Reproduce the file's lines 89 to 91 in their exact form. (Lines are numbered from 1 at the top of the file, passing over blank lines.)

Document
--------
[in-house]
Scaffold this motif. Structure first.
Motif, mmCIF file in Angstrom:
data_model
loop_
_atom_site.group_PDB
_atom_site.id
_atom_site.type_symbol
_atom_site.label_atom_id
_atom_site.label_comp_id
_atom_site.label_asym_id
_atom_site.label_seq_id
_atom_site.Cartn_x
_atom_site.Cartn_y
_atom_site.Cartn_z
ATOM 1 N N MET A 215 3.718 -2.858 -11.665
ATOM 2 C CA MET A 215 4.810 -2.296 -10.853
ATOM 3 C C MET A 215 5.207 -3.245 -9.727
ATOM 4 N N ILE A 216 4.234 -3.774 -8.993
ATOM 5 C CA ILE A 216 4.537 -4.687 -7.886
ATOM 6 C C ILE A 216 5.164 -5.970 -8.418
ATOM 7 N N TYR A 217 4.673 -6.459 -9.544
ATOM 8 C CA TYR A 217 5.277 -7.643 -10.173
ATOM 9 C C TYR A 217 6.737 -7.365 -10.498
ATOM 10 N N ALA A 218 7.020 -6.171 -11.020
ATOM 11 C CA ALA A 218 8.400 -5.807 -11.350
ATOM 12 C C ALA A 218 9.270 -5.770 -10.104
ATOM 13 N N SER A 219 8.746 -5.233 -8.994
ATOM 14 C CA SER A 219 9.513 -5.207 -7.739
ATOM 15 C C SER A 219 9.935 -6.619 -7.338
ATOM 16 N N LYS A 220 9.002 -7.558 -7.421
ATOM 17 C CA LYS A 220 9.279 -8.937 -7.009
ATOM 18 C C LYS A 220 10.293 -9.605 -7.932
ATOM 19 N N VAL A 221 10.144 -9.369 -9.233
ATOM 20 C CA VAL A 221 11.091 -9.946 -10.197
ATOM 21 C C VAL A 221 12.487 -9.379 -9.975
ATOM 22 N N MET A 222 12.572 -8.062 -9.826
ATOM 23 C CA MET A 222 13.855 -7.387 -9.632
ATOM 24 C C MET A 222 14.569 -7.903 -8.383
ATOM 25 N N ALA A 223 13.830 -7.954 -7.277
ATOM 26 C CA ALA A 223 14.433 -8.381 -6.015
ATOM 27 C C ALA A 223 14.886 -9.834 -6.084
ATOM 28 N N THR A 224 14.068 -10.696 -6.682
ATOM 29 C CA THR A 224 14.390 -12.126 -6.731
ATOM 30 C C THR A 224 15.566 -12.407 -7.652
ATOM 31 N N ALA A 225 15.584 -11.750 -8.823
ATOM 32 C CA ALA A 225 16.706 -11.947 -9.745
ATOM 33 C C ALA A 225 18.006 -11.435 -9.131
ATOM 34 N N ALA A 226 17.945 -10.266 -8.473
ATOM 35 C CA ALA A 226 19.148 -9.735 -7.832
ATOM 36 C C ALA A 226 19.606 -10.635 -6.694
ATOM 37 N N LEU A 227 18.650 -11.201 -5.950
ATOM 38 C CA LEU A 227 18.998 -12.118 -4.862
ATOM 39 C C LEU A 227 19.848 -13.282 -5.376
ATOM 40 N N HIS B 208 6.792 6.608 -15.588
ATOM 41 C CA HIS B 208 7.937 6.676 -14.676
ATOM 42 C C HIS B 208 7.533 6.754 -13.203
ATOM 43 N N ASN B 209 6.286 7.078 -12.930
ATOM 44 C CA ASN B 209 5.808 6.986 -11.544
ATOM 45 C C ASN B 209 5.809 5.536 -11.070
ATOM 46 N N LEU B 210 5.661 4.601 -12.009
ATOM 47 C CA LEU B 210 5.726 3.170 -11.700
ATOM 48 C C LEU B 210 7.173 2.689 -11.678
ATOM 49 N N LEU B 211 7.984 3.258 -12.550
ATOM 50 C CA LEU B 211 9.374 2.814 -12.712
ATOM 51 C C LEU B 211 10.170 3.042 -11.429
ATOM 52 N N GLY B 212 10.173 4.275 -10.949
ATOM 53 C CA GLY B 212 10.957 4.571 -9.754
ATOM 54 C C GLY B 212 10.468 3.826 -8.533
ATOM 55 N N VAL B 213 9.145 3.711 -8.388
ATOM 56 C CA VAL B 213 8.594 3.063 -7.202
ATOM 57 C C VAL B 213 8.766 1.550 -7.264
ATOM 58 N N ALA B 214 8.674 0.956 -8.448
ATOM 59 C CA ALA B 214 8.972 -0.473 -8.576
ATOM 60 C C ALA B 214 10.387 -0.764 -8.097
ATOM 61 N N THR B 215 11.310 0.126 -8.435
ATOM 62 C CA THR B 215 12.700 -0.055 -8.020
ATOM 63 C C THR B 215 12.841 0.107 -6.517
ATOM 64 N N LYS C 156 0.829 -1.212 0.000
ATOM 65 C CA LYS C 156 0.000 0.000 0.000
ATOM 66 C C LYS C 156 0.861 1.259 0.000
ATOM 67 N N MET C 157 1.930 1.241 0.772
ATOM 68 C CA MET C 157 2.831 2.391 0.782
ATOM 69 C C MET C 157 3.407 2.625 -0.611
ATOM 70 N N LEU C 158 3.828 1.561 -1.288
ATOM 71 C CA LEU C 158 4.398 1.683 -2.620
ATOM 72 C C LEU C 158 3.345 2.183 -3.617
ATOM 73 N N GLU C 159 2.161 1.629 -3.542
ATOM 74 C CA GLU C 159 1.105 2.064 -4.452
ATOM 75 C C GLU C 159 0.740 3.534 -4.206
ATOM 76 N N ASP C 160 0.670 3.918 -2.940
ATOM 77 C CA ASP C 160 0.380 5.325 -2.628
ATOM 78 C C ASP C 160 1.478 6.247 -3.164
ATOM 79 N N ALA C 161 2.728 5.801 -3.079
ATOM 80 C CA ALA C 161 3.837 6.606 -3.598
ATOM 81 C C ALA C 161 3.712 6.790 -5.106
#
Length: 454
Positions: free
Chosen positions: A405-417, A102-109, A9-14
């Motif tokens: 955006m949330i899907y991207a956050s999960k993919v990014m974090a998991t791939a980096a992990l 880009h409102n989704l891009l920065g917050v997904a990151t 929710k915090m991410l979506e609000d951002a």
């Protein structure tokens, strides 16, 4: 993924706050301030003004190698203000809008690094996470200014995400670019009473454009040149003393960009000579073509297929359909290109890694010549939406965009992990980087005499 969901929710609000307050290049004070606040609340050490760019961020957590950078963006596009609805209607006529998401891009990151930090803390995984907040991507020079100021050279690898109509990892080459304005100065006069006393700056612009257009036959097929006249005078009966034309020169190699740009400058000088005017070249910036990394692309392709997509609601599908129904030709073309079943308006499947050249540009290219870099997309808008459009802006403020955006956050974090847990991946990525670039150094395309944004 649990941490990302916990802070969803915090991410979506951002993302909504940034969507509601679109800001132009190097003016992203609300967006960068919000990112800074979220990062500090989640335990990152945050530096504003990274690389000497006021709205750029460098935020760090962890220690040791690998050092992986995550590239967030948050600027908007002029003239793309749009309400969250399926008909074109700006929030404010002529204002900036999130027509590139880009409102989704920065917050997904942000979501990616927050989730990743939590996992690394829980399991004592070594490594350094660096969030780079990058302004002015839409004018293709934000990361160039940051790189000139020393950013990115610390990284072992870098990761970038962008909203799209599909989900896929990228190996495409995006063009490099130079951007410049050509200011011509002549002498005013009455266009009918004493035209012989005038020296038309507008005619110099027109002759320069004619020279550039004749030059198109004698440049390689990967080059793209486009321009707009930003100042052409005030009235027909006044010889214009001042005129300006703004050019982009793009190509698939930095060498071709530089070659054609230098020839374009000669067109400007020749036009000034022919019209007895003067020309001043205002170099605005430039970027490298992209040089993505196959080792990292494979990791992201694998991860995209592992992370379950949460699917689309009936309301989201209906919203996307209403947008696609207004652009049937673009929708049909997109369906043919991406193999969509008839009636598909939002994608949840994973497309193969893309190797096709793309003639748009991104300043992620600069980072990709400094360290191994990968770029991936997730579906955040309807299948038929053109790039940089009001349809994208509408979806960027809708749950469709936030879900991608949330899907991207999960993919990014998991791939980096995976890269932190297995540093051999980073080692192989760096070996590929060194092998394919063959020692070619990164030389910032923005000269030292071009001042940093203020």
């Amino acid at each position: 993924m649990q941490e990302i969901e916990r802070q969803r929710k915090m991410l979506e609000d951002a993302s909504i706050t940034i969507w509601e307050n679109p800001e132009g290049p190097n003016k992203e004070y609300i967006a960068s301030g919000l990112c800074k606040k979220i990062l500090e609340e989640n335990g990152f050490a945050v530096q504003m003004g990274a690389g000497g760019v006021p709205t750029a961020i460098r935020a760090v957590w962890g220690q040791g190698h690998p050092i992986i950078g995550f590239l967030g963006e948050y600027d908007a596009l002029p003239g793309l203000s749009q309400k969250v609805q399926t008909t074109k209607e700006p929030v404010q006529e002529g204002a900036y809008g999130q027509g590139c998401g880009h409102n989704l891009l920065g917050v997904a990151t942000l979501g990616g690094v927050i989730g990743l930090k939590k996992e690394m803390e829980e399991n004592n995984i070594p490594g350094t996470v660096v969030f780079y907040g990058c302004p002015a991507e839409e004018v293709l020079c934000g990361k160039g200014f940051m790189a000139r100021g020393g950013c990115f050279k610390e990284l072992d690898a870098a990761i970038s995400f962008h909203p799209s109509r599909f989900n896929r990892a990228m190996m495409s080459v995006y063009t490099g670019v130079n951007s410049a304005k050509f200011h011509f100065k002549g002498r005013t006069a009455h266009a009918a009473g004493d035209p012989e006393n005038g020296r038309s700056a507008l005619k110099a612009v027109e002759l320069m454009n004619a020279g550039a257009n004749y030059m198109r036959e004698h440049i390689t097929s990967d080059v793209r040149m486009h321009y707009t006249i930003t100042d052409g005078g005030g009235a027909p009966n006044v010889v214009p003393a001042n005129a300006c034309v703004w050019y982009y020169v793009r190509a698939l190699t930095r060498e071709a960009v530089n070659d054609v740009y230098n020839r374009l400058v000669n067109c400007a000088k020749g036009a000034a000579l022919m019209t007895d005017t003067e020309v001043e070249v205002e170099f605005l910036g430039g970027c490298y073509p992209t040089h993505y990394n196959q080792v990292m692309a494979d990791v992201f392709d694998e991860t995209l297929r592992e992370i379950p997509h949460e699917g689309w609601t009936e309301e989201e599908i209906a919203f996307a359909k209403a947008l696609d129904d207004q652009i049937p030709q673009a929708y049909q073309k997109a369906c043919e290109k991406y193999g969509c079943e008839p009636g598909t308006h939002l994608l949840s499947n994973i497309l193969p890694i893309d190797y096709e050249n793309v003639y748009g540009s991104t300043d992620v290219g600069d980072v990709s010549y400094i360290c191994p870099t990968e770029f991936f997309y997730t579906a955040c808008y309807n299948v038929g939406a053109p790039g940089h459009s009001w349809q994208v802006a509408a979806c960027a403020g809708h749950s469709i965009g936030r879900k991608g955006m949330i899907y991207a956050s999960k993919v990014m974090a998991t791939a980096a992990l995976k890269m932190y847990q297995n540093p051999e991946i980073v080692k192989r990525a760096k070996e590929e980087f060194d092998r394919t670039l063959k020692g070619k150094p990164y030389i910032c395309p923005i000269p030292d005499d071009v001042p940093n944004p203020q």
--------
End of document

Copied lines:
ATOM 74 C CA GLU C 159 1.105 2.064 -4.452
ATOM 75 C C GLU C 159 0.740 3.534 -4.206
ATOM 76 N N ASP C 160 0.670 3.918 -2.940